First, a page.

Airtel Africa has confirmed that it will not bid for the opportunity to be an MNO in Ethiopia, where government plans have been announced to invite tenders for two new operator licences.
The Ethiopian government also has plans to sell a minority stake in the state-owned company Ethio Telecom within nine months.
According to Reuters, the Airtel Africa CEO, Raghunath Mandava, suggested that the company, of which India’s Bharti Airtel is the majority owner, sees more room to grow in some of the 14 African countries it has already invested in.
He pointed to a need to expand market share in Nigeria, Congo, DRC, Tanzania and Kenya as reasons why the company is not looking at bidding for an Ethiopian licence.
In some ways this is not surprising. Nigeria in particular has the largest population on the African continent and Airtel clearly feels it offers room for growth, even though Airtel Nigeria is already the group’s most profitable unit.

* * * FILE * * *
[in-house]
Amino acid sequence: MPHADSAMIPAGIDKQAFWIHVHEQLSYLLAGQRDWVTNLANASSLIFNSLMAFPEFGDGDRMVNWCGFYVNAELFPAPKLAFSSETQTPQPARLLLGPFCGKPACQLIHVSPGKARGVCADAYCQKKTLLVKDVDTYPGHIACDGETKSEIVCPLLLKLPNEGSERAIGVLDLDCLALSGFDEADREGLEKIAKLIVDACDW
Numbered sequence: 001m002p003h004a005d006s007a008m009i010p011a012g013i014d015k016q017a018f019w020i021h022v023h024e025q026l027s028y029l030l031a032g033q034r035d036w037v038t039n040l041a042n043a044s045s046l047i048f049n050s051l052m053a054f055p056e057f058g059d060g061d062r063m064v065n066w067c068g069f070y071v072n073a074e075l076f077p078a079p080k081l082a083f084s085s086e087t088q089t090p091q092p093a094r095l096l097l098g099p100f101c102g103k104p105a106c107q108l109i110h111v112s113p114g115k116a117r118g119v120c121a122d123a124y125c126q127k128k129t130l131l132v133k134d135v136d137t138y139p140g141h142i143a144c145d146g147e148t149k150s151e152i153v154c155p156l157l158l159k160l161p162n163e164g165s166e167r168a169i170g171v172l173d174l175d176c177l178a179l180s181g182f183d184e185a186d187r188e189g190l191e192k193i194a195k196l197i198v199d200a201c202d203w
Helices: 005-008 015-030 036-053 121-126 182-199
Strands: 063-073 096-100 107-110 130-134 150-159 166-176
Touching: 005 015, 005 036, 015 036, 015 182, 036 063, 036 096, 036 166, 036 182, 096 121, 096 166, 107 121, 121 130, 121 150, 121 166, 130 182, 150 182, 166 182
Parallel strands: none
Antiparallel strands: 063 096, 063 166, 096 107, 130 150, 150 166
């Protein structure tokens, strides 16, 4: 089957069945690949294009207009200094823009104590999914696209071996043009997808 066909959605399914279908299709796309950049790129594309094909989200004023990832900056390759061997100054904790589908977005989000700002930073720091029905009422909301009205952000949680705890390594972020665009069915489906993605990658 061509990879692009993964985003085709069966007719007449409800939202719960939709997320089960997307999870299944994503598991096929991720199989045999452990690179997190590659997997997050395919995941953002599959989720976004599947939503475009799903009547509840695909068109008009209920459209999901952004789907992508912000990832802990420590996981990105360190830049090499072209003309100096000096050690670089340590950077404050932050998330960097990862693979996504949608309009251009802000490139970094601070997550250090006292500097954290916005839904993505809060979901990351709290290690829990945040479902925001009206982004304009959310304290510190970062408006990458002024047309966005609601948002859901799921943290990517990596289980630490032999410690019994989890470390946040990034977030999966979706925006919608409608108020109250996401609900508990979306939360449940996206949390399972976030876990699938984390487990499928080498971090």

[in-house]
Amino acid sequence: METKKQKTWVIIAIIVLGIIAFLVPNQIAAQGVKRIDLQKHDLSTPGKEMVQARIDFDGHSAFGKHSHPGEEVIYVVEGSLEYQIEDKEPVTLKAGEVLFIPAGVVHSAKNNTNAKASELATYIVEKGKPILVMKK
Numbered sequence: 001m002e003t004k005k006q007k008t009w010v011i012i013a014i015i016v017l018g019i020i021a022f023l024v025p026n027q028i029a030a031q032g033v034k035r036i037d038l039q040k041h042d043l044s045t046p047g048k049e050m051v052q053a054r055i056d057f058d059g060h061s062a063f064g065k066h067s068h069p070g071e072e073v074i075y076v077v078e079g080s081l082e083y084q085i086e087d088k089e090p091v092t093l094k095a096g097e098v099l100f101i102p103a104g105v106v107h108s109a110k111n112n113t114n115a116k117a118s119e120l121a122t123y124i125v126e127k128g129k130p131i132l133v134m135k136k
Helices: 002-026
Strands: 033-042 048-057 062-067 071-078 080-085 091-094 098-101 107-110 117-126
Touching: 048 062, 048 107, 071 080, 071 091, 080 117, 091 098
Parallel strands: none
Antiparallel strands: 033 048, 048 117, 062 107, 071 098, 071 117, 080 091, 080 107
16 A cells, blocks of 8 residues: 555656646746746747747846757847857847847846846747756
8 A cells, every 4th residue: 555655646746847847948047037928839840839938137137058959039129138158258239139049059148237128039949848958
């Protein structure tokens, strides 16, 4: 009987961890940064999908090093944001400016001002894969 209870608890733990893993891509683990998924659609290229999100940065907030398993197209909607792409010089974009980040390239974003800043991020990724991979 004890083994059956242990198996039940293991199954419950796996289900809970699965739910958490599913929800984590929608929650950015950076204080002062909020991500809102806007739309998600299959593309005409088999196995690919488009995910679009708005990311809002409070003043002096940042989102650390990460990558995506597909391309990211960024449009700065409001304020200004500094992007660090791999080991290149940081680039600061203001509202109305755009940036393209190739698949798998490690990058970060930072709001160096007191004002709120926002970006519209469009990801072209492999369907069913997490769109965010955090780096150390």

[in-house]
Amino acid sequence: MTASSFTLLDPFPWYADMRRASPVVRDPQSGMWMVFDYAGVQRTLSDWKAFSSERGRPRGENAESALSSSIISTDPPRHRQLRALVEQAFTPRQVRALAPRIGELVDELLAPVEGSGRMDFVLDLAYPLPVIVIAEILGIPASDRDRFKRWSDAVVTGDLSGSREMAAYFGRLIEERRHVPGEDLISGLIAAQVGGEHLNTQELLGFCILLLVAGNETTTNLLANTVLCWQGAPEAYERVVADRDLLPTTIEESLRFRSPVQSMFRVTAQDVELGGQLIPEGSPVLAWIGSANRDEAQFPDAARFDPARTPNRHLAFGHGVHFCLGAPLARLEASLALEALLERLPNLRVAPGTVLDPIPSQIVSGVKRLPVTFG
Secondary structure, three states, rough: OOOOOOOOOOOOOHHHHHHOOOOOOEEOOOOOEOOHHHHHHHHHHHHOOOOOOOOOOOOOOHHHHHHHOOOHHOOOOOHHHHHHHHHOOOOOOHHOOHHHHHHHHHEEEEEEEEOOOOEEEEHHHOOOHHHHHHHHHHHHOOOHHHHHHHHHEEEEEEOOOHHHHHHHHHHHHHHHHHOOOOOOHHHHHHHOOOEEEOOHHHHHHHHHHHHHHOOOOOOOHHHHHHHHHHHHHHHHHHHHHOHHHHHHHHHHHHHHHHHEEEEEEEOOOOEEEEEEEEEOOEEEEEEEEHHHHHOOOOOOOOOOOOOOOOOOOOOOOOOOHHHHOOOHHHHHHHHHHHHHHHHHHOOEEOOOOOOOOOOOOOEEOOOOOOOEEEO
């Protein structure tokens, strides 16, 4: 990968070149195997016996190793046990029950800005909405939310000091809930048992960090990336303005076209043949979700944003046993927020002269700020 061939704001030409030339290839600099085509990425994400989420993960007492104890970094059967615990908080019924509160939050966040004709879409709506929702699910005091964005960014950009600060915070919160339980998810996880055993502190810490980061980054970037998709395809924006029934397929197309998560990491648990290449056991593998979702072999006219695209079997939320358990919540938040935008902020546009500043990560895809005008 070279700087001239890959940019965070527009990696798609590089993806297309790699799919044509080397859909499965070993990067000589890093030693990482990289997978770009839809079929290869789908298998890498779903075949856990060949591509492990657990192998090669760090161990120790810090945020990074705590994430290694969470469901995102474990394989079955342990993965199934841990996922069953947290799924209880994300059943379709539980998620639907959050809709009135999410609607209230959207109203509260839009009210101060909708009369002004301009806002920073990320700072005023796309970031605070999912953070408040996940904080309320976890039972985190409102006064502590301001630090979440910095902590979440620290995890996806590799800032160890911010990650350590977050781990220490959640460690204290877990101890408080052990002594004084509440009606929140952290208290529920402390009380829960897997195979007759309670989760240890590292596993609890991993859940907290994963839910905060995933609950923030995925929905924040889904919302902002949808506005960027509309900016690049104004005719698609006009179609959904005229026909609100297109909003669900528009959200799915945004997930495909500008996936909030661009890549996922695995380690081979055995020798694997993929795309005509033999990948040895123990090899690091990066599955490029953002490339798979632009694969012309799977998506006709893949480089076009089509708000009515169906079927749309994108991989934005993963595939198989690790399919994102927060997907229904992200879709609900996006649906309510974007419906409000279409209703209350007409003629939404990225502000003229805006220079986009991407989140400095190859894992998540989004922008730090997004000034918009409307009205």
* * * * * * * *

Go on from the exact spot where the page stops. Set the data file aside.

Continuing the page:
This market has not been without its problems, however – most notably the disruption caused by regulator demands to add valid National Identification Numbers (NINs) to every SIM card registered in the country. By late last week, Reuters notes, Airtel Nigeria had collected NINs from only around half of its customers, with the 9 February deadline fast approaching. Despite this, there appears to be optimism that the deadline will be extended.
However, Ethiopia, is the continent’s second most populous nation, and, until recently, one of the last remaining closed telecoms markets on the continent, and Airtel’s apparent lack of enthusiasm is not shared by other big names.
In fact, as we have reported already, among would-be players that have expressed interest are a consortium of Vodafone, Vodacom and Safaricom. There have also been bids reported from Etisalat, Axian, MTN, Orange, Saudi Telecom Company, Telkom SA, Liquid Telecom and Snail Mobil.